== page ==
# How do you evaluate the integral int 1/(x^2-4)?

Mar 26, 2017

$\frac{1}{4} \ln \left\mid \frac{x - 2}{x + 2} \right\mid + C$

#### Explanation:

This can be done with partial fractions, but this will be done with a trigonometric substitution.
First, we need to add $\mathrm{dx}$ to the integral:

$I = \int \frac{1}{{x}^{2} - 4} \mathrm{dx}$

Recall that ${\sec}^{2} \theta - 1 = {\tan}^{2} \theta$.

Because of that identity, let $x = 2 \sec \theta$.

Importantly, this implies that ${x}^{2} - 4 = 4 {\sec}^{2} \theta - 4 = 4 \left({\sec}^{2} \theta - 1\right) = 4 {\tan}^{2} \theta$.

Furthermore, $\mathrm{dx} = 2 \sec \theta \tan \theta d \theta$.

Then:

$I = \int \frac{2 \sec \theta \tan \theta}{4 {\tan}^{2} \theta} d \theta = \frac{1}{2} \int \sec \frac{\theta}{\tan} \theta d \theta = \frac{1}{2} \int \csc \theta d \theta$

Which is a commonly known integral:

$I = - \frac{1}{2} \ln \left\mid \csc \theta + \cot \theta \right\mid$

From our original substitution $x = 2 \sec \theta$ we see that $\sec \theta = \frac{x}{2}$. This is a right triangle where $2$ is the side adjacent to $\theta$, $x$ is the hypotenuse and then the side opposite theta is $\sqrt{4 - {x}^{2}}$.

Then, $\csc \theta = \frac{x}{\sqrt{4 - {x}^{2}}}$ and $\cot \theta = \frac{2}{\sqrt{4 - {x}^{2}}}$. So:

$I = - \frac{1}{2} \ln \left\mid \frac{x}{\sqrt{4 - {x}^{2}}} + \frac{2}{\sqrt{4 - {x}^{2}}} \right\mid = \frac{1}{2} \ln \left\mid \frac{\sqrt{4 - {x}^{2}}}{x + 2} \right\mid$

Expanding further:

$I = \frac{1}{4} \ln \left\mid 4 - {x}^{2} \right\mid - \frac{1}{2} \ln \left\mid x + 2 \right\mid = \frac{1}{4} \ln \left\mid 2 + x \right\mid + \frac{1}{4} \ln \left\mid 2 - x \right\mid - \frac{1}{2} \ln \left\mid x + 2 \right\mid$

$I = \frac{1}{4} \ln \left\mid 2 - x \right\mid - \frac{1}{4} \ln \left\mid x + 2 \right\mid$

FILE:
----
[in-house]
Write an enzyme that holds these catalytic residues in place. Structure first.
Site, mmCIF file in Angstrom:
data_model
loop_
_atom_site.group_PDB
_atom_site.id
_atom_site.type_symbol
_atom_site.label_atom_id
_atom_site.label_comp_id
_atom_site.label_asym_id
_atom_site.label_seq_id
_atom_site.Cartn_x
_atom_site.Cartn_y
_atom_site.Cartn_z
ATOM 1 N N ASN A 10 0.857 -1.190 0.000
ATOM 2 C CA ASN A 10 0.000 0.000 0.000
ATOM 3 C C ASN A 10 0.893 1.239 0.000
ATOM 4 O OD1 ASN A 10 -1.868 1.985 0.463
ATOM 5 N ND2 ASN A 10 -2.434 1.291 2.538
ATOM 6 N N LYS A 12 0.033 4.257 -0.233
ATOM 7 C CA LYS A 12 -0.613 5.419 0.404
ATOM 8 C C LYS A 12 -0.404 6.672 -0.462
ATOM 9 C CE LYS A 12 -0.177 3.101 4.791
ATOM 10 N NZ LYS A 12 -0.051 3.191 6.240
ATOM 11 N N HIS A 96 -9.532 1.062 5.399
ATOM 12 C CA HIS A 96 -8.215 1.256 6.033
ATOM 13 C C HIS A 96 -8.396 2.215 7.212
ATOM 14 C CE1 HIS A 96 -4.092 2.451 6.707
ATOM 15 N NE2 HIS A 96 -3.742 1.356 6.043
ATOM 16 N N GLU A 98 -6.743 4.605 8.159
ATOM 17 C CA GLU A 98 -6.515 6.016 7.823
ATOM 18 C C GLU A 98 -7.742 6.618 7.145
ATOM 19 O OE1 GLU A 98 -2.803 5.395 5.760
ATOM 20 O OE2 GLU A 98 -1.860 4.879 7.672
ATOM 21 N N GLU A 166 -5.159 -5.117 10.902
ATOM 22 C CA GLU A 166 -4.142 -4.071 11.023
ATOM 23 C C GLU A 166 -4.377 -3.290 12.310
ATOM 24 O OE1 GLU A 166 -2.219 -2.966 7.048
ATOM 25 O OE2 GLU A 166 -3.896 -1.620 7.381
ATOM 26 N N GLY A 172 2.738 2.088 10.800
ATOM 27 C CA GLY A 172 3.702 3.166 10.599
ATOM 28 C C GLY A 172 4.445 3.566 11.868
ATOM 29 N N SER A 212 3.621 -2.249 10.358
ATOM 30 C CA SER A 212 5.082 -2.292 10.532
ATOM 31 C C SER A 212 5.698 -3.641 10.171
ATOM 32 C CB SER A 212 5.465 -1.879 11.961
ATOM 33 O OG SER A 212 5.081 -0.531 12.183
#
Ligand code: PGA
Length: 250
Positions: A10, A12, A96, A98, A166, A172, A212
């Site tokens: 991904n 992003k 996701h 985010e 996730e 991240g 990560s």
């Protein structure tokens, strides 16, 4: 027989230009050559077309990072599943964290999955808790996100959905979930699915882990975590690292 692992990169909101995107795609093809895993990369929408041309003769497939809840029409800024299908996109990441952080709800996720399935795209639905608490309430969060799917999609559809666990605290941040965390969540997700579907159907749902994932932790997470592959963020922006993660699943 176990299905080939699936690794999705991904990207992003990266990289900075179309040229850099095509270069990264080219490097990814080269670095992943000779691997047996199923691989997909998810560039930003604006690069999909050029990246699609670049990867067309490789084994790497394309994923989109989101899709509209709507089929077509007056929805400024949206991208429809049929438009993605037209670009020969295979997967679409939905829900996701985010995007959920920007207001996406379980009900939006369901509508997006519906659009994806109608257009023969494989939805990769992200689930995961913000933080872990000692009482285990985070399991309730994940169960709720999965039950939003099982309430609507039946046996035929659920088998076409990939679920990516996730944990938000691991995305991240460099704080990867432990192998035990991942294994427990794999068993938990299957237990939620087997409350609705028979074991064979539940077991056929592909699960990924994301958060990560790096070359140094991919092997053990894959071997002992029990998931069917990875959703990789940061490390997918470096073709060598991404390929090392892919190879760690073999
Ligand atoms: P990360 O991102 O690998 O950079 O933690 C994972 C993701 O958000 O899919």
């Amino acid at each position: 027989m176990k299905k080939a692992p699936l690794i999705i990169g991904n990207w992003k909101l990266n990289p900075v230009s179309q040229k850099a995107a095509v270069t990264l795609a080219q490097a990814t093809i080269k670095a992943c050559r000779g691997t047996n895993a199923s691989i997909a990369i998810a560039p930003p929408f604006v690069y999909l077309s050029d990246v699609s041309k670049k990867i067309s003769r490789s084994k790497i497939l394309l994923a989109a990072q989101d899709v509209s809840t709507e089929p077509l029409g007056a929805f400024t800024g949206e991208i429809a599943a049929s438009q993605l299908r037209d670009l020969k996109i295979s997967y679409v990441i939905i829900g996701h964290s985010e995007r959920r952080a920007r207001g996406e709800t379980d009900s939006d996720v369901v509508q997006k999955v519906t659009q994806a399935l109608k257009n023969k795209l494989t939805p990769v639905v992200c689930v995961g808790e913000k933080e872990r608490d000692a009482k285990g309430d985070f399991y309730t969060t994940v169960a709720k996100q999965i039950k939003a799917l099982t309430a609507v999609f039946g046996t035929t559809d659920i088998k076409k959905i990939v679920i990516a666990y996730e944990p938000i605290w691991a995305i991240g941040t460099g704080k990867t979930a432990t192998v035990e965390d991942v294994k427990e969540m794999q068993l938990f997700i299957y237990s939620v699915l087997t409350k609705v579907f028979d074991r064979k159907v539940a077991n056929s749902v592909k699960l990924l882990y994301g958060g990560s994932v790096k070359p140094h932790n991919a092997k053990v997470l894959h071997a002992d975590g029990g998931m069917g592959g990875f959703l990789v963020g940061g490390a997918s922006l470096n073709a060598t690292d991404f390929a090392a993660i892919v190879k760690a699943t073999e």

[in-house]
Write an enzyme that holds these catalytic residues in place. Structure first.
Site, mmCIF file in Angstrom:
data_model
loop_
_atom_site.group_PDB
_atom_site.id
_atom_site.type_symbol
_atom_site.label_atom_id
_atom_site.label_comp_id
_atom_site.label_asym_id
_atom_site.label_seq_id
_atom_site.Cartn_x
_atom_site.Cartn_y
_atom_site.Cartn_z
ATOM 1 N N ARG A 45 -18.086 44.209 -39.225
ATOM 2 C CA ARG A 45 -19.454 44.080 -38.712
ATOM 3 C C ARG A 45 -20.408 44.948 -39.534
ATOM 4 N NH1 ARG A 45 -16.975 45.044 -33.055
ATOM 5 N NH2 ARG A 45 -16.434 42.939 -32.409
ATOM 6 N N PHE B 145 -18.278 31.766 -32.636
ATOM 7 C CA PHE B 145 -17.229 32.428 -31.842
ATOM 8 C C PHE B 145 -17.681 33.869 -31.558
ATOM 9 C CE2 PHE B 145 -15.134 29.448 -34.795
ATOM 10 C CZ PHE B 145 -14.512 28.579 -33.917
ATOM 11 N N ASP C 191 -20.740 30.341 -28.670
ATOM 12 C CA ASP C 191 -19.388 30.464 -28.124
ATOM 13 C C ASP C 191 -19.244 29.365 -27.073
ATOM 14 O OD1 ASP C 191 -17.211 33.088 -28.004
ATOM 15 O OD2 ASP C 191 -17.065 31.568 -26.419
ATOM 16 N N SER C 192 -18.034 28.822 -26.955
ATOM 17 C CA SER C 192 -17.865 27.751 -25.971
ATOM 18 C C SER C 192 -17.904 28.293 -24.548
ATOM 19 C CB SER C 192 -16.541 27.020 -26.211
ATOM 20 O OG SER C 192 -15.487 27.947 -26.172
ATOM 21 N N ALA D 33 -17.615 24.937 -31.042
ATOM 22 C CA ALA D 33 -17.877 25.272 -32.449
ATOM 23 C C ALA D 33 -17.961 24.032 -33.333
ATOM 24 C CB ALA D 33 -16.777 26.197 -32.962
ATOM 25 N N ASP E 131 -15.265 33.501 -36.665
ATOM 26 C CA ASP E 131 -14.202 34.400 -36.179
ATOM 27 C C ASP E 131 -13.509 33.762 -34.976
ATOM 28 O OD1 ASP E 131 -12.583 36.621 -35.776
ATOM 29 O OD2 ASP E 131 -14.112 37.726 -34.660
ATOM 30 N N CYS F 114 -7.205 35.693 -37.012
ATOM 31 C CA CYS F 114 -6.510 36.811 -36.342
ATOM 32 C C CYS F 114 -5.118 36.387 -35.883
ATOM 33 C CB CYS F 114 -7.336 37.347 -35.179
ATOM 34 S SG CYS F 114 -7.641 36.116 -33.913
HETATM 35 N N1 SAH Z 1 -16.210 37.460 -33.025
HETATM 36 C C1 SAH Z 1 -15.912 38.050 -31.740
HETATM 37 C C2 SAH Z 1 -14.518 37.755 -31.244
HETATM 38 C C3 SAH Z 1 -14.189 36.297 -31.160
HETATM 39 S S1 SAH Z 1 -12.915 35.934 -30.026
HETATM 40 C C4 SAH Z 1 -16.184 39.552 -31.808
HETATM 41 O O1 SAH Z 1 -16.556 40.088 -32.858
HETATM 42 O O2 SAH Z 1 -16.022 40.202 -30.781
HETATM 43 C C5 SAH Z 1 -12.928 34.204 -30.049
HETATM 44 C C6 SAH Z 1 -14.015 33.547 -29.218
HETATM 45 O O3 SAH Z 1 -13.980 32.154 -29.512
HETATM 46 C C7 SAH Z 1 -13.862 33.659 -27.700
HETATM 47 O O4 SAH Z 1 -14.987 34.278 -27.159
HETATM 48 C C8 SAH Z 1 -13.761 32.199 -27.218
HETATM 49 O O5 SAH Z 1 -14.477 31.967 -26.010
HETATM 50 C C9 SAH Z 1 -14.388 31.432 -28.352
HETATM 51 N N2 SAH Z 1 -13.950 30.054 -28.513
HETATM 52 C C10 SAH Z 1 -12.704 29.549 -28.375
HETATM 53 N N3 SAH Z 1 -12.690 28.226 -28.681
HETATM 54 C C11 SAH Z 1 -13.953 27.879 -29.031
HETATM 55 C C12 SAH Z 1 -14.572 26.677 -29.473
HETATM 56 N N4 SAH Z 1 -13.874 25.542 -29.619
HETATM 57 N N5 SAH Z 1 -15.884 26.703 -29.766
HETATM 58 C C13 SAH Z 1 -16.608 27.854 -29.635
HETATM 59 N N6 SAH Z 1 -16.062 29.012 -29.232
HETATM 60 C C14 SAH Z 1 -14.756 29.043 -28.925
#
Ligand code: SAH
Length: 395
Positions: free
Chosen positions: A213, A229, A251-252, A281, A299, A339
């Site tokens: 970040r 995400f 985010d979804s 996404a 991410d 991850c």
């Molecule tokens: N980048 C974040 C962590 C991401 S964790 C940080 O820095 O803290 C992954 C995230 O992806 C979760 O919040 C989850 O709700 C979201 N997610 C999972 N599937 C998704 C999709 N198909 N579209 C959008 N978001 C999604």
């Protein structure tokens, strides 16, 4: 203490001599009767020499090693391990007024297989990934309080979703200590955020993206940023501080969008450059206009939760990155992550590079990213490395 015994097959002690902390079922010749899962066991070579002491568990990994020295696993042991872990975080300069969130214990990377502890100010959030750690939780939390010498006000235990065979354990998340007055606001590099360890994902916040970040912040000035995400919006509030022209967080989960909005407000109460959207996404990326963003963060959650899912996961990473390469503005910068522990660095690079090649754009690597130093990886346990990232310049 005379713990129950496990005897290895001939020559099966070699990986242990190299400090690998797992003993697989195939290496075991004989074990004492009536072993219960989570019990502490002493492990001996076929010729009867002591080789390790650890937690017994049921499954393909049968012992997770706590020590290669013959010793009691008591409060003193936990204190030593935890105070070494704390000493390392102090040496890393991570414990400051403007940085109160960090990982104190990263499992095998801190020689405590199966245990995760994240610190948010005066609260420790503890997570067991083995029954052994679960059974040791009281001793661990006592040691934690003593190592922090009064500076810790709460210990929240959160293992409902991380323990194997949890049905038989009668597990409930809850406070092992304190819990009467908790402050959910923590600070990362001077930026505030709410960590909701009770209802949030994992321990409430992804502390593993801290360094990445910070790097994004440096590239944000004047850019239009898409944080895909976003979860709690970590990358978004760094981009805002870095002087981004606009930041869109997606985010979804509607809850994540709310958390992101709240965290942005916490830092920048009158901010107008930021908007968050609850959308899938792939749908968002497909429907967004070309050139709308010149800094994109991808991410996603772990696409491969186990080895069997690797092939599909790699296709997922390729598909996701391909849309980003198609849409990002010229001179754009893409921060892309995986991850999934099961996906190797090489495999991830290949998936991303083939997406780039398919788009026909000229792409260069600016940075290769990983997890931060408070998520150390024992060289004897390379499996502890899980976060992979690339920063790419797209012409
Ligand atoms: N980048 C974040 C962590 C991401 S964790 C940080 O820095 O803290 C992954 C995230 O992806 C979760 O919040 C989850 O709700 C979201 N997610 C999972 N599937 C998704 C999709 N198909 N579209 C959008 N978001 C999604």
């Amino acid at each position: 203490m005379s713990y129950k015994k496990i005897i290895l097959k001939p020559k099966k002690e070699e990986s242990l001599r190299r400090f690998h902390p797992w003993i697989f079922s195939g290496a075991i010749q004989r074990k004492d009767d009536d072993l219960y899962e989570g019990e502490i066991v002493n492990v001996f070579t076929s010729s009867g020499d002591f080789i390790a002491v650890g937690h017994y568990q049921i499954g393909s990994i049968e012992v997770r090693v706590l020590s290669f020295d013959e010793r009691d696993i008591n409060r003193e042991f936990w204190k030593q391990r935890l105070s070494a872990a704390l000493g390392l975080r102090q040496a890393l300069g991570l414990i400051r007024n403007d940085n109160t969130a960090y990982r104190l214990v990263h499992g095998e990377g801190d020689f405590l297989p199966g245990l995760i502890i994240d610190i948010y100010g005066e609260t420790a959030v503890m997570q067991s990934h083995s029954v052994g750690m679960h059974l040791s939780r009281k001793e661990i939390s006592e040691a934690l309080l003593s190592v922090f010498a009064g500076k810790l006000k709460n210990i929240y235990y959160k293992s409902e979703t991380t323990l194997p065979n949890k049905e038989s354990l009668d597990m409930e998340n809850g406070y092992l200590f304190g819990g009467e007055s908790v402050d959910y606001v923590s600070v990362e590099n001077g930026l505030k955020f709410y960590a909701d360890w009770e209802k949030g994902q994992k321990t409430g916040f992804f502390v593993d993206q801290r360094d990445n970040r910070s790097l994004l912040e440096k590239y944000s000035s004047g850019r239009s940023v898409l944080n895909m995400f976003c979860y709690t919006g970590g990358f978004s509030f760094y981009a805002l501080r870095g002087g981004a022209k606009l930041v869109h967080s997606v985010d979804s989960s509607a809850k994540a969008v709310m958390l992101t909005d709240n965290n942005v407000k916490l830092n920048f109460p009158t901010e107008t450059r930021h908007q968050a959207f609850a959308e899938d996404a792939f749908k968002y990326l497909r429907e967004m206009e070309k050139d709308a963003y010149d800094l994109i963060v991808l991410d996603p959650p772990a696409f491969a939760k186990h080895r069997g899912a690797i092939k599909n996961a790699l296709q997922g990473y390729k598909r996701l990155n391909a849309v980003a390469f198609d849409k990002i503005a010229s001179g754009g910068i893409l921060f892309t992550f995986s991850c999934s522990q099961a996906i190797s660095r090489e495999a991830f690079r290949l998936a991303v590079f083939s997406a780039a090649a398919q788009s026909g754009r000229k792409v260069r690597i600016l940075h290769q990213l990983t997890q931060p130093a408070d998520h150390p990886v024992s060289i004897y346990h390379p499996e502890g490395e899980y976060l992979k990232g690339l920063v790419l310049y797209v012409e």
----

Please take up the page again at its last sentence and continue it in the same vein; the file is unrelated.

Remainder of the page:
We can combine these and switch the order of $2 - x$ to $x - 2$ since we're working with absolute values:

$I = \frac{1}{4} \ln \left\mid \frac{x - 2}{x + 2} \right\mid + C$

This would be much quicker if done with partial fractions.

Mar 27, 2017

$\int \frac{\mathrm{dx}}{{x}^{2} - 4} = \frac{1}{4} \ln \left\mid \frac{x - 2}{x + 2} \right\mid + C$

#### Explanation:

We can also show how to solve with partial fractions:

$\int \frac{\mathrm{dx}}{{x}^{2} - 4} = \int \frac{\mathrm{dx}}{\left(x - 2\right) \left(x + 2\right)}$

$\frac{1}{\left(x - 2\right) \left(x + 2\right)} = \frac{A}{x - 2} + \frac{B}{x + 2}$

$\frac{1}{\left(x - 2\right) \left(x + 2\right)} = \frac{A \left(x + 2\right) + B \left(x - 2\right)}{\left(x - 2\right) \left(x + 2\right)}$

$1 = A x + 2 A + B x - 2 B$

$1 = \left(A + B\right) x + 2 \left(A - B\right)$

$\left\{\begin{matrix}A + B = 0 \\ 2 A - 2 B = 1\end{matrix}\right.$

$\left\{\begin{matrix}A = - B \\ 4 A = 1\end{matrix}\right.$

$\left\{\begin{matrix}A = \frac{1}{4} \\ B = - \frac{1}{4}\end{matrix}\right.$

$\int \frac{\mathrm{dx}}{{x}^{2} - 4} = \int \left(\frac{1}{4 \left(x - 2\right)} - \frac{1}{4 \left(x + 2\right)}\right) \mathrm{dx}$

$\int \frac{\mathrm{dx}}{{x}^{2} - 4} = \frac{1}{4} \int \frac{\mathrm{dx}}{x - 2} - \frac{1}{4} \int \frac{\mathrm{dx}}{x + 2}$

$\int \frac{\mathrm{dx}}{{x}^{2} - 4} = \frac{1}{4} \ln \left\mid x - 2 \right\mid - \frac{1}{4} \ln \left\mid x + 2 \right\mid + C$

$\int \frac{\mathrm{dx}}{{x}^{2} - 4} = \frac{1}{4} \ln \left\mid x - 2 \right\mid - \frac{1}{4} \ln \left\mid x + 2 \right\mid + C$

$\int \frac{\mathrm{dx}}{{x}^{2} - 4} = \frac{1}{4} \ln \left\mid \frac{x - 2}{x + 2} \right\mid + C$